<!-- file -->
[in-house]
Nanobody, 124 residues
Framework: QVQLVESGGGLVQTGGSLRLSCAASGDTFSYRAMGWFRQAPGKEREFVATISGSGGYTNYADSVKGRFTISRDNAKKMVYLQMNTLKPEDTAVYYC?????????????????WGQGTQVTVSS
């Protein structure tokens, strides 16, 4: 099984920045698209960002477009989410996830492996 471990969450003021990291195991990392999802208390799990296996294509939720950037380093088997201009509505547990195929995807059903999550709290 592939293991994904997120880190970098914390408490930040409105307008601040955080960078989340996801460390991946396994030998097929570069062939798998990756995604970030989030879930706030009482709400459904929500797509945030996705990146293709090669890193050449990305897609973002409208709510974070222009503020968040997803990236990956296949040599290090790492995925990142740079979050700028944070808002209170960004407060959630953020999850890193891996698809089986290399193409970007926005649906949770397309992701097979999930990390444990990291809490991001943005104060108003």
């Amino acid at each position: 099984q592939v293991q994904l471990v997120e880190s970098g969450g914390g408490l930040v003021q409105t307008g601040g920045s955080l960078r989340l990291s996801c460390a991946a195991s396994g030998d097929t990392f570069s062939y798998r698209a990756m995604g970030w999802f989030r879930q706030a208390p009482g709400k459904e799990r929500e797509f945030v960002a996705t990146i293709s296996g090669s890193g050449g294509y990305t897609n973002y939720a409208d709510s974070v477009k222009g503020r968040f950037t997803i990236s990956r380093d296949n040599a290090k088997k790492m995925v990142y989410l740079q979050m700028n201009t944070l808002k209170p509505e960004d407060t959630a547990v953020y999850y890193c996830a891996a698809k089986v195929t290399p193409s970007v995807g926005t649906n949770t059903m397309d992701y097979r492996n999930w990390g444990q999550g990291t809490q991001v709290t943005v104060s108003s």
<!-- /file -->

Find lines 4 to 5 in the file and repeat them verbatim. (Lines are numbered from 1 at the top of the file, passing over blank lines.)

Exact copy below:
């Protein structure tokens, strides 16, 4: 099984920045698209960002477009989410996830492996 471990969450003021990291195991990392999802208390799990296996294509939720950037380093088997201009509505547990195929995807059903999550709290 592939293991994904997120880190970098914390408490930040409105307008601040955080960078989340996801460390991946396994030998097929570069062939798998990756995604970030989030879930706030009482709400459904929500797509945030996705990146293709090669890193050449990305897609973002409208709510974070222009503020968040997803990236990956296949040599290090790492995925990142740079979050700028944070808002209170960004407060959630953020999850890193891996698809089986290399193409970007926005649906949770397309992701097979999930990390444990990291809490991001943005104060108003």
């Amino acid at each position: 099984q592939v293991q994904l471990v997120e880190s970098g969450g914390g408490l930040v003021q409105t307008g601040g920045s955080l960078r989340l990291s996801c460390a991946a195991s396994g030998d097929t990392f570069s062939y798998r698209a990756m995604g970030w999802f989030r879930q706030a208390p009482g709400k459904e799990r929500e797509f945030v960002a996705t990146i293709s296996g090669s890193g050449g294509y990305t897609n973002y939720a409208d709510s974070v477009k222009g503020r968040f950037t997803i990236s990956r380093d296949n040599a290090k088997k790492m995925v990142y989410l740079q979050m700028n201009t944070l808002k209170p509505e960004d407060t959630a547990v953020y999850y890193c996830a891996a698809k089986v195929t290399p193409s970007v995807g926005t649906n949770t059903m397309d992701y097979r492996n999930w990390g444990q999550g990291t809490q991001v709290t943005v104060s108003s």